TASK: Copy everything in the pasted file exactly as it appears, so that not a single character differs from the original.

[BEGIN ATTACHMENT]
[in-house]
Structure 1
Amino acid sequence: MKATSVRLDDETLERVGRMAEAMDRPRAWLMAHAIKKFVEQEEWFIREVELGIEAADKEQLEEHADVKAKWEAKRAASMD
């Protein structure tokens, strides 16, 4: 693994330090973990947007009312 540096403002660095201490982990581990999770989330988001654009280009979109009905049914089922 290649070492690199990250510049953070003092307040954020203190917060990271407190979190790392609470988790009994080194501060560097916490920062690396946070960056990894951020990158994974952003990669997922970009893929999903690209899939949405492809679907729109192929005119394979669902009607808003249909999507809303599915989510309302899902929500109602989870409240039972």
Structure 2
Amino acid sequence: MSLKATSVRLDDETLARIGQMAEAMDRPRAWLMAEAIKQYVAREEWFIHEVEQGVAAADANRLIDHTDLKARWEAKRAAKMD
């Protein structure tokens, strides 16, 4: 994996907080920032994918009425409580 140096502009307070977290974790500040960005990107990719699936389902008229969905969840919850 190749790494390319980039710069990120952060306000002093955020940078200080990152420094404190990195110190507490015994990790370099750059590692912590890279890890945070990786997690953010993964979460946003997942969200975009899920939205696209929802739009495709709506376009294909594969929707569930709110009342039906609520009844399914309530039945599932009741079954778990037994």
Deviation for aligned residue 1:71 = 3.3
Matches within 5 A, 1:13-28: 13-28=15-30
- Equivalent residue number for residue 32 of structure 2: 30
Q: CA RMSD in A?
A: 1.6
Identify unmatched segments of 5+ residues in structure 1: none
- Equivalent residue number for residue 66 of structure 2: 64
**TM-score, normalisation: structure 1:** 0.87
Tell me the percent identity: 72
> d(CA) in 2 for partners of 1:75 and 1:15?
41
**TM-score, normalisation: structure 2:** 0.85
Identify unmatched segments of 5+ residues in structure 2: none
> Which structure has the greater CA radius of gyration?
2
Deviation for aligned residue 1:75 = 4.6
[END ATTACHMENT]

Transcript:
[in-house]
Structure 1
Amino acid sequence: MKATSVRLDDETLERVGRMAEAMDRPRAWLMAHAIKKFVEQEEWFIREVELGIEAADKEQLEEHADVKAKWEAKRAASMD
């Protein structure tokens, strides 16, 4: 693994330090973990947007009312 540096403002660095201490982990581990999770989330988001654009280009979109009905049914089922 290649070492690199990250510049953070003092307040954020203190917060990271407190979190790392609470988790009994080194501060560097916490920062690396946070960056990894951020990158994974952003990669997922970009893929999903690209899939949405492809679907729109192929005119394979669902009607808003249909999507809303599915989510309302899902929500109602989870409240039972």
Structure 2
Amino acid sequence: MSLKATSVRLDDETLARIGQMAEAMDRPRAWLMAEAIKQYVAREEWFIHEVEQGVAAADANRLIDHTDLKARWEAKRAAKMD
């Protein structure tokens, strides 16, 4: 994996907080920032994918009425409580 140096502009307070977290974790500040960005990107990719699936389902008229969905969840919850 190749790494390319980039710069990120952060306000002093955020940078200080990152420094404190990195110190507490015994990790370099750059590692912590890279890890945070990786997690953010993964979460946003997942969200975009899920939205696209929802739009495709709506376009294909594969929707569930709110009342039906609520009844399914309530039945599932009741079954778990037994």
Deviation for aligned residue 1:71 = 3.3
Matches within 5 A, 1:13-28: 13-28=15-30
- Equivalent residue number for residue 32 of structure 2: 30
Q: CA RMSD in A?
A: 1.6
Identify unmatched segments of 5+ residues in structure 1: none
- Equivalent residue number for residue 66 of structure 2: 64
**TM-score, normalisation: structure 1:** 0.87
Tell me the percent identity: 72
> d(CA) in 2 for partners of 1:75 and 1:15?
41
**TM-score, normalisation: structure 2:** 0.85
Identify unmatched segments of 5+ residues in structure 2: none
> Which structure has the greater CA radius of gyration?
2
Deviation for aligned residue 1:75 = 4.6